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Yarn - A Lifetime of Knitting

By Ashleylister @ashleylister
Yarn - A Lifetime of Knitting
If you know me well enough, you will know that I spend a lot of my time knitting and crocheting. I love to spend a relaxing evening with a lap full of wool and I’m constantly making baby clothes and things for my grandchildren.
My hobby goes back to when I was a little girl, fascinated by my grandmother who was always knitting, and my mother who, at that time was knitting for the unborn baby that became my little sister. Between them, they taught me. One of them would start me off by ‘casting on’ about twelve stitches then I would knit rows. At the age of seven and a half I was successful at making a plain scarf for a doll. It was a mystery how I always ended up with more stitches than I’d started with, but it didn’t matter, and the holes that sometimes appeared for no reason didn’t matter either. I loved helping my mum with her little matinee coats. She did the ‘purl’ rows and let me do the ‘knit’ rows and being involved in getting things ready for the baby was the best thing ever.
My skills improved as I grew up. In my early teens I wanted to learn to crochet. Twiggy looked fabulous in a crocheted mini dress with a chain belt. I could make that. Carnaby Street eat your heart out. My Nanna spent hours teaching me. I studied her hand movements intently as she slowly took me step by tiny step. ‘Yarn round the hook once, then through, yarn round the hook twice then through once then once again and do the same in every loop.’ Yes, I followed and understood, I could take it from there, so off I went. A short time later, I would be handing her back a tangled mess of wool. She would tut and I would be holding back tears of frustration.I never mastered crochet in the grandmother’s lifetime and Twiggy was soon wearing cotton summer dresses with a zip up the front. I had one of those.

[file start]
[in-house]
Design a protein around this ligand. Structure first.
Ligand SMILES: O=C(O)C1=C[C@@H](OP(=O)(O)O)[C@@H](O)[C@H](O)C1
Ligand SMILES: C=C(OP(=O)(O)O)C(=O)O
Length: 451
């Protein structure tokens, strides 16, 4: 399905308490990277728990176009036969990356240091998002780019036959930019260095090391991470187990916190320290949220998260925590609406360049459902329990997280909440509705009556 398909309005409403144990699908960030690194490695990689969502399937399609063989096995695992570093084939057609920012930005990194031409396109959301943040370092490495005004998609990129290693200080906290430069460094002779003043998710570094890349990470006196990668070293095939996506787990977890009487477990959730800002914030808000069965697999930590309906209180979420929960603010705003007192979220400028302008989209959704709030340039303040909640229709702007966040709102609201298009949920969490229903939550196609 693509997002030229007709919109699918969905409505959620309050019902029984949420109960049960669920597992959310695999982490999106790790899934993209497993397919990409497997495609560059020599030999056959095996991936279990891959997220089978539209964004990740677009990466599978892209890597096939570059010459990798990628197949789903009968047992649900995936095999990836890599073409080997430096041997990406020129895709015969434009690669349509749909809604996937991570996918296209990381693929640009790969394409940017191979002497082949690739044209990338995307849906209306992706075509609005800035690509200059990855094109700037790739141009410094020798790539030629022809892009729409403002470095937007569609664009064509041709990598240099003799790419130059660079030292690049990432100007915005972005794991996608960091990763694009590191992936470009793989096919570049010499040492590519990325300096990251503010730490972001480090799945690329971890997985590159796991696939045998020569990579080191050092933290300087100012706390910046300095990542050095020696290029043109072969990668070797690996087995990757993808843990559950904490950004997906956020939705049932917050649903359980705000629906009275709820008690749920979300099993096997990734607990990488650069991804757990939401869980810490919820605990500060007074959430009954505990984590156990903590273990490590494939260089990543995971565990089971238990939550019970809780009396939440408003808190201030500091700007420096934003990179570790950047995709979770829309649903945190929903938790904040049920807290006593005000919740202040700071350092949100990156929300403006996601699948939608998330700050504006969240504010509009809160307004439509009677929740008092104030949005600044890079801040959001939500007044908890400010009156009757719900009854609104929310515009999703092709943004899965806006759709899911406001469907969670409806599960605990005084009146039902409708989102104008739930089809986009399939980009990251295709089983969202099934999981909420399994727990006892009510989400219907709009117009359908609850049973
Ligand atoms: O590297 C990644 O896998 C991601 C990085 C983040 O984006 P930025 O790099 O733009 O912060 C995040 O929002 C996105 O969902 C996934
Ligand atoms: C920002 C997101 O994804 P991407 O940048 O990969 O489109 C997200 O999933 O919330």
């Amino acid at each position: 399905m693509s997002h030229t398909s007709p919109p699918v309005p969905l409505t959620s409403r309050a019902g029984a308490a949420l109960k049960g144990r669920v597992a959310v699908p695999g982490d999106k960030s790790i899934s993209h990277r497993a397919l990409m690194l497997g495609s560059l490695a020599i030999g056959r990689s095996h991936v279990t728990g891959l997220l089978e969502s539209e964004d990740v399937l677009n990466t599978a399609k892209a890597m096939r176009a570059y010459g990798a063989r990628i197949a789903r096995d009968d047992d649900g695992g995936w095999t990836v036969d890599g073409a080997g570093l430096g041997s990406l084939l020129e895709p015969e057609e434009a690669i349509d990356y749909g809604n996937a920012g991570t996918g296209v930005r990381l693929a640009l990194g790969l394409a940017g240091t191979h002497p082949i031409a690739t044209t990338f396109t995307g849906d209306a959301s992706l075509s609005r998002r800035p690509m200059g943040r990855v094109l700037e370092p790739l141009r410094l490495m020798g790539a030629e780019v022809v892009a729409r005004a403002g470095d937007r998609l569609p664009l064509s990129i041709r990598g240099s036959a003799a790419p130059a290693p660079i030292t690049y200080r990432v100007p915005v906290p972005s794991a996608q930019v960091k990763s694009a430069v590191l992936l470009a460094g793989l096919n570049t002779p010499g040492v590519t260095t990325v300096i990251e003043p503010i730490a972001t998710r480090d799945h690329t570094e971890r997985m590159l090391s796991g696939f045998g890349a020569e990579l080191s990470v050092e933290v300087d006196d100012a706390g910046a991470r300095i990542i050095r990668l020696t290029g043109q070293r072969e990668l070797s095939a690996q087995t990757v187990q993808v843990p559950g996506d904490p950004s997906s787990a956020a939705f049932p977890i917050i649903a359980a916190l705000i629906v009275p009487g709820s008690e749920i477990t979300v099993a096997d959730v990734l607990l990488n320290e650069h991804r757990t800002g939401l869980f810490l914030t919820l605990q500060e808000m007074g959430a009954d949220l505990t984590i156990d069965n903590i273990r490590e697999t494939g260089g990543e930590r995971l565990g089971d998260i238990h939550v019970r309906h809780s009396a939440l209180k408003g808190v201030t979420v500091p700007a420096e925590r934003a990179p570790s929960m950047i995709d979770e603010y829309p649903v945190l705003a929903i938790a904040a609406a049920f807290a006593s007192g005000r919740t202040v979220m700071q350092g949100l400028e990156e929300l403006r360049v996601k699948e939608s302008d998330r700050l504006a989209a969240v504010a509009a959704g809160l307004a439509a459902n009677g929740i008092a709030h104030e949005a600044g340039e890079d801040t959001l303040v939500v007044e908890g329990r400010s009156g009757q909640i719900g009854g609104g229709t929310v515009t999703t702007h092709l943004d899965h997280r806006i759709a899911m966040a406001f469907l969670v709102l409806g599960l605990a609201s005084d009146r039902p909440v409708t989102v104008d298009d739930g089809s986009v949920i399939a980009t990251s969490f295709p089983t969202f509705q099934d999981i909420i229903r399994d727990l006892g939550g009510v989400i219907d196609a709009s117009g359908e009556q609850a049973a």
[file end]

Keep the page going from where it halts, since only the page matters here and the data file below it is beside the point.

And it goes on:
I managed to crochet a bedspread when I was about twenty-two. I was living alone and trying to make my flat a home. No television, but there was some great radio drama in the evenings. I had a crochet pattern and lots of determination. It took ages. I still have it, after many years of thinking it was lost, and I’m sure my grandmother would be proud. Both my grandmothers and my mother left me a legacy of life skills.
My husband and I have been staying at our favorite getaway in Dumfries and Galloway recently.On the way, we usually stop at Castle Douglas for a bite to eat and to stock up with groceries. I take advantage of a gander round one of my favorite shops, Outback Yarns craft shop and always come out with something.I have a massive collection of various wools and yarns at home, but there’s always room for more. I still have a stash I brought home from the Hebrides last year.   I found this poem. I remembered holding out my arms for my mom to wind wool, and it made me smile.   She'd bring to me a skein of wool
And beg me to hold out my hands;
so on my pipe I cease to pull
And watch her twine the shining strands
Into a ball so snug and neat,
Perchance a pair of socks to knit
To comfort my unworthy feet,
Or pullover my girth to fit.
As to the winding I would sway,
A poem in my head would sing,
And I would watch in dreamy way
The bright yarn swiftly slendering.
The best I liked were coloured strands
I let my pensive pipe grow cool . . .
Two active and two passive hands,
So busy wining shining wool.
Alas! Two of those hands are cold,
And in these days of wrath and wrong,
I am so wearyful and old,
I wonder if I've lived too long.
So in my loneliness I sit
And dream of sweet domestic rule . . .
When gentle women used to knit,
And men were happy winding wool.
Robert William Service (1874-1958)   Yarn - A Lifetime of Knitting The bedspread, when I found it again last year.   Thanks for reading, Pam x   Email ThisBlogThis!Share to TwitterShare to Facebook


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